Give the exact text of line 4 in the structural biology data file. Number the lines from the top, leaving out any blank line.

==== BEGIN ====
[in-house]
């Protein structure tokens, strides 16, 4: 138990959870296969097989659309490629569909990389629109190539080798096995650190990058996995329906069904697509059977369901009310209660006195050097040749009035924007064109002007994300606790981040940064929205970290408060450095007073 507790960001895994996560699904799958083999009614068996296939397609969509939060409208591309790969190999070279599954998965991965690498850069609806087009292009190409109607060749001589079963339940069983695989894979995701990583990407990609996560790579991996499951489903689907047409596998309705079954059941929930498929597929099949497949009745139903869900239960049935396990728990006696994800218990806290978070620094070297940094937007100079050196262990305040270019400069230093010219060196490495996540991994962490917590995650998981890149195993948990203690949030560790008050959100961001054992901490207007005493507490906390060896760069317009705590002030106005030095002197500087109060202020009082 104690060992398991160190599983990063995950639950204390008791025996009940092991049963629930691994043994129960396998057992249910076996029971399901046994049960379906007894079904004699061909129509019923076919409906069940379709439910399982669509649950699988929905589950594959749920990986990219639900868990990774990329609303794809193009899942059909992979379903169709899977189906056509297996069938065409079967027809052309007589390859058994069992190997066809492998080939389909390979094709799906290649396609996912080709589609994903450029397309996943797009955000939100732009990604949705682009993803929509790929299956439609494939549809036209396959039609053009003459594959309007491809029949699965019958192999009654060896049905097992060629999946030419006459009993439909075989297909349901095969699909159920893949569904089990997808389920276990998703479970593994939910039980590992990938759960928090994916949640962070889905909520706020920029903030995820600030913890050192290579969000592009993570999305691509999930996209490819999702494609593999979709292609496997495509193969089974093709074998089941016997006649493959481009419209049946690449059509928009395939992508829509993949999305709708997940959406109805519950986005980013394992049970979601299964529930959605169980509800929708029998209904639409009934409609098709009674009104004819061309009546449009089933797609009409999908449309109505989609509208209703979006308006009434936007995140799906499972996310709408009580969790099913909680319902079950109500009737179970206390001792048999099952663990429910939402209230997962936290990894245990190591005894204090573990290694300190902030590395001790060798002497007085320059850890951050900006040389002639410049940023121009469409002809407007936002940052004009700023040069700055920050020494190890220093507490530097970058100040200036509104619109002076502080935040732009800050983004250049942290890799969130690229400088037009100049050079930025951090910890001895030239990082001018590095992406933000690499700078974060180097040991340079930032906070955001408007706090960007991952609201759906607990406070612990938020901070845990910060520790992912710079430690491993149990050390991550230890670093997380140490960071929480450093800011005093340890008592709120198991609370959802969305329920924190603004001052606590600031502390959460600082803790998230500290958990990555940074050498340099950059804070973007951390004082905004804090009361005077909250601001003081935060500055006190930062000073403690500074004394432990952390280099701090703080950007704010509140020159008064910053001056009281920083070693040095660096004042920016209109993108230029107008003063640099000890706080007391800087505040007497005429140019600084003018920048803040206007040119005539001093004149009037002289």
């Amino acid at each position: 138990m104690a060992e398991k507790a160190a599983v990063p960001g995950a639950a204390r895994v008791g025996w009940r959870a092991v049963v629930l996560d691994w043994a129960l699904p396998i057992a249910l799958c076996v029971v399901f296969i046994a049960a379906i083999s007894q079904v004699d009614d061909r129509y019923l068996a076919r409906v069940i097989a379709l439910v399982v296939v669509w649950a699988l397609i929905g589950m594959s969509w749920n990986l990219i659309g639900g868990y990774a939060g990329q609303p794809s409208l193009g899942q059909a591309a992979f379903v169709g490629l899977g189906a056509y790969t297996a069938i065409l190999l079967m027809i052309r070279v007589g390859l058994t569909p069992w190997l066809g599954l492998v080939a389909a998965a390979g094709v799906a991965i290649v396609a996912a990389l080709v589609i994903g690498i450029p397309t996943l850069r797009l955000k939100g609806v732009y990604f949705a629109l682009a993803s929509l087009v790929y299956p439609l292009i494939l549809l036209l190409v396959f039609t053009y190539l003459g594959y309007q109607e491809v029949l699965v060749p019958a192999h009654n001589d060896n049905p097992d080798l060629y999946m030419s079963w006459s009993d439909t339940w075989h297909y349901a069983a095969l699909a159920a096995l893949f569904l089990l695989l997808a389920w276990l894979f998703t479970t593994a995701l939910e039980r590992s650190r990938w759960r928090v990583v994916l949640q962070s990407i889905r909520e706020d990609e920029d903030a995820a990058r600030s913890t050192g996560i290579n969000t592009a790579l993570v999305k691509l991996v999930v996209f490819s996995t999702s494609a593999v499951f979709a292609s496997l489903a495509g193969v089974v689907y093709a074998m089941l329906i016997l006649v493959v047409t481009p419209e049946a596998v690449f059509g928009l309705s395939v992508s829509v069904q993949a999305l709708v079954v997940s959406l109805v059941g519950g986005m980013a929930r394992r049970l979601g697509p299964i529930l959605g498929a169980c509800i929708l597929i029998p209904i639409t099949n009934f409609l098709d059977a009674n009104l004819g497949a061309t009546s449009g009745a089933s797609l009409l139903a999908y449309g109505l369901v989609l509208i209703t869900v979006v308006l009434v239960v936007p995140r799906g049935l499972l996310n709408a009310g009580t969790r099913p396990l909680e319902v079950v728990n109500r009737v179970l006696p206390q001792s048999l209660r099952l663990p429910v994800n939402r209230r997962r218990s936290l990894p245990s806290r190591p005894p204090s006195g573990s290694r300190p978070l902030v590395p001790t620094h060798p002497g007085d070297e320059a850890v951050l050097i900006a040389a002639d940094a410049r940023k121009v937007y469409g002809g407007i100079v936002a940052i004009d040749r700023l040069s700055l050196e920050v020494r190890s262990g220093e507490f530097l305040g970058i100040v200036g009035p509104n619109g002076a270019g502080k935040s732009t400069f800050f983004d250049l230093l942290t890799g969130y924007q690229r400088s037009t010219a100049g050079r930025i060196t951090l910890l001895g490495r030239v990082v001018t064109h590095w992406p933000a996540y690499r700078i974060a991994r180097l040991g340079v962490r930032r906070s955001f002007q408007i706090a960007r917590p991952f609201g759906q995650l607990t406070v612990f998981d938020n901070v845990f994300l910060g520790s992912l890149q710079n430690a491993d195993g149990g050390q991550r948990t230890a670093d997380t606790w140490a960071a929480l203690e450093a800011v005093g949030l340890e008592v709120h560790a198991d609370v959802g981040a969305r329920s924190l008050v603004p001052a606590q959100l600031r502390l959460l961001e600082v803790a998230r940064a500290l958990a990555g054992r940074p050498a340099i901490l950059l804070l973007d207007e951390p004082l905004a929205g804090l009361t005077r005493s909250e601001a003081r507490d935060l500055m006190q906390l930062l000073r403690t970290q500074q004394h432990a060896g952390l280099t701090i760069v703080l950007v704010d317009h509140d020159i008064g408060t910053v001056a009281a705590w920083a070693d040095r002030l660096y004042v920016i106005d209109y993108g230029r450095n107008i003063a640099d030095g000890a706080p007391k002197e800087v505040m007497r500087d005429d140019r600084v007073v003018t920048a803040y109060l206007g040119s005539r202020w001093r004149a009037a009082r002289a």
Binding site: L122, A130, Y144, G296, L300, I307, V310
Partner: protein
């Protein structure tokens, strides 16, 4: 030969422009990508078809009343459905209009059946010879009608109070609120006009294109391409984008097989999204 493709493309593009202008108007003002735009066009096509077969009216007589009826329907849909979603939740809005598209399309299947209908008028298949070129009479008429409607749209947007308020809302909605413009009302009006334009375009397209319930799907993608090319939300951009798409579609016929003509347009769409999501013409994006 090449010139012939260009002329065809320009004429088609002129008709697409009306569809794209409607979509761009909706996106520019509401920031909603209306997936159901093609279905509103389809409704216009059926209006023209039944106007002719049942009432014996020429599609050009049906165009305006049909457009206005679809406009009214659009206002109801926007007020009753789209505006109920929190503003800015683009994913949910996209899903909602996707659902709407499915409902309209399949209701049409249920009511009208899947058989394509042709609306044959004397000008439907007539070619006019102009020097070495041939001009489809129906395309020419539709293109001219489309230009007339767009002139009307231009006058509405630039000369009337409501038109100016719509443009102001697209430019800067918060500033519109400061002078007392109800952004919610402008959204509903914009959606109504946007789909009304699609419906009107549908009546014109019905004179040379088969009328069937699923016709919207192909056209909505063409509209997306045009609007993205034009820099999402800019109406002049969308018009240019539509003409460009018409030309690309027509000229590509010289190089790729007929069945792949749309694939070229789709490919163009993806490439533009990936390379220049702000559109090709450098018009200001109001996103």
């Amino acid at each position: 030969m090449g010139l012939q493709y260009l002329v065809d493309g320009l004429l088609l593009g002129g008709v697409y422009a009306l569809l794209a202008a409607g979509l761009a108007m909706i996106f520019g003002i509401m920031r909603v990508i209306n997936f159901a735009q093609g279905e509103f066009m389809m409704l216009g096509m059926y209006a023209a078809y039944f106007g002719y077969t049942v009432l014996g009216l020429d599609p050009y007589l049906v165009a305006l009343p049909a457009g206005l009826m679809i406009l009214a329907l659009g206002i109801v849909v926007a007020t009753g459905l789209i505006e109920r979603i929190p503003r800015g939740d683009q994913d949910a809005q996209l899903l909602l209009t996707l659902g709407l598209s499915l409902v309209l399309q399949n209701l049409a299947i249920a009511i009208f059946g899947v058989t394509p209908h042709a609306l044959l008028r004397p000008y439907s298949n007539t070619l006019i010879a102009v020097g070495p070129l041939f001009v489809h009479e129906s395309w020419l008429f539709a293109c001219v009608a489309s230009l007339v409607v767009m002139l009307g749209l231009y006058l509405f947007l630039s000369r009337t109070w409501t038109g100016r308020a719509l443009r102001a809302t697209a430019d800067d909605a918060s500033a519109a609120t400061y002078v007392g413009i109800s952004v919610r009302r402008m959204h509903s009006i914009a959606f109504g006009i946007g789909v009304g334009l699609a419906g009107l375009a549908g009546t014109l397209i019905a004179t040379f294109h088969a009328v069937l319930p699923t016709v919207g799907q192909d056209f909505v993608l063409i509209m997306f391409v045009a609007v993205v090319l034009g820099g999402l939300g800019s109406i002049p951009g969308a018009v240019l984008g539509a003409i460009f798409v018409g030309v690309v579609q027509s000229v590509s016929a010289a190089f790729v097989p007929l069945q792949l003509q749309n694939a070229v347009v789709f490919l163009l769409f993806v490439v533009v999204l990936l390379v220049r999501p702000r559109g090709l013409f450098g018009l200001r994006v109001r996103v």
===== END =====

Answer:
Binding site: L122, A130, Y144, G296, L300, I307, V310